The 2020 edition of the MEP Middle East Conference broke new ground – moving to an all-new digital realm to overcome the obstacles thrown our way by the global coronavirus pandemic.
The event featured three in-depth panel discussions, covering Engineering Net-Zero Carbon Systems; Evaluating the Current Landscape of the MEP Sector; and Transitioning Towards a Digitalised Future.
MEP Middle East Editor Tom Oxtoby said: “The switch to a virtual platform allowed us to deliver our usual high quality event in a safe and secure setting – welcoming even more participants than we’d be able to host in our traditional physical spaces.
“From a personal point of view I was very proud to be part of the team that helped guide our publication into this new space, and my colleagues deserve great credit for demonstrating their agility in this sense.
“There was no denying the incredible standard of conversation and insight provided by our expert panelists, and the feedback we have received so far pays testament to the quality of our guests. I owe them my personal thanks.
“I also need to thank our man in the middle Prabhakar Kesavan, Regional General Manager at Voltas, who guided the day’s talks as chair with a skilled hand despite the odd curveball thrown his way.
“I’d also like to thank our sponsors for the day – Voltas, Polyfab and Trimble – who helped make the conference possible.”
The entire conference will soon be available to rewatch on the Construction Week YouTube channel. But until then, read what some of the leading figures in the industry had to say about some of the burning issues dominating the MEP and HVAC sphere today.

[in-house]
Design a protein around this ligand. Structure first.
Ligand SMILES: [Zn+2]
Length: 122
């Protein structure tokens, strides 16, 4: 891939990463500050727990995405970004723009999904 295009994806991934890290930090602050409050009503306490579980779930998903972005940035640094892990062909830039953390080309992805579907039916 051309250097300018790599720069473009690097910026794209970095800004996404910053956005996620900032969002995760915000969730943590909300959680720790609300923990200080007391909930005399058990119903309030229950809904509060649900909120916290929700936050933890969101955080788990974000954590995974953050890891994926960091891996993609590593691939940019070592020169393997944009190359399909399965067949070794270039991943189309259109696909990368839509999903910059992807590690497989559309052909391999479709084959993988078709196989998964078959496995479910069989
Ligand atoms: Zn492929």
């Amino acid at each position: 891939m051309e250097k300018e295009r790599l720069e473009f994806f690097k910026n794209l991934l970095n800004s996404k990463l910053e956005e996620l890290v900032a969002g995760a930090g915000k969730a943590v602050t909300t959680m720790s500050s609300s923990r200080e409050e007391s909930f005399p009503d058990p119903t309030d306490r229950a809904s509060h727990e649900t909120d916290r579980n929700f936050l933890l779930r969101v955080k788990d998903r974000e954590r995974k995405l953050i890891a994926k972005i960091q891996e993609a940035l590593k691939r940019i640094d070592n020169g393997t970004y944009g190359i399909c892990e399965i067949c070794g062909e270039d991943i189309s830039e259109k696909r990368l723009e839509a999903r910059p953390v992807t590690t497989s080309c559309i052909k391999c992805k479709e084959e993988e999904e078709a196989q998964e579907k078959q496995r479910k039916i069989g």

Engineering Net Zero Carbon Systems
Cundall Sustainability Partner Alan Fogarty
“I think MEP is vital to net zero solutions. HVAC engineers in particular can see where energy is going in a building.
“On that basis they can advise architects on the opportunities for passive solutions, the impacts on energy systems, and best design of those system. Getting to net zero means every aspect of low carbon energy must be considered. It’s an incremental challenge.
“Sometimes building codes can restrict the way people think about buildings, preventing innovation. But then there are some aspects which will drive design forward.
“Codes can make poor practice visible, catch it, and lift standards of all buildings as a result. You need a balance of looking at what elements can bring the industry up, but leaving enough room for innovation.
“The performance gap is an issue. As an industry we have not done proper energy calculations in this sense. By trying to actively predict what a building will consume at the design stage we can see what systems are likely to do and make the changes as necessary.
“As an industry we have failed very badly in closing the gap to how a building is performing, and learning lessons from existing buildings and how they are working.
“The more difficult task is the net zero 2050 target for existing buildings.
“There are so many – so many in poor condition and getting up to standard is a massive task. People need to think about it as the sheer number of buildings is phenomenal.”
AESG Director Philippa Grant
“Every situation offers opportunity. It has been a terrible circumstance we’ve all had to manage over the past six month. You have to make the best of the situation.
“Before coronavirus, a lot of discussion was taking place around the number of deaths linked to poor air and water quality. The pandemic has really thrown a light on the issues we face today.
“A stronger focus has been on the health and wellness factor of sustainability, and it is spoken about more and more.
“We are seeing new technologies looking to improve air quality in cities and buildings, and a lot of interesting research and outcomes will come from this.
“We need to be constantly questioning how we can improve this, not just copying and pasting the last project. But it needs full collaboration and the whole industry to engage.
“If everyone tomorrow woke up and said ‘we want all projects to be net zero’ we could achieve it now. Everything is available, but it needs a concerted effort from people to seriously want to do this.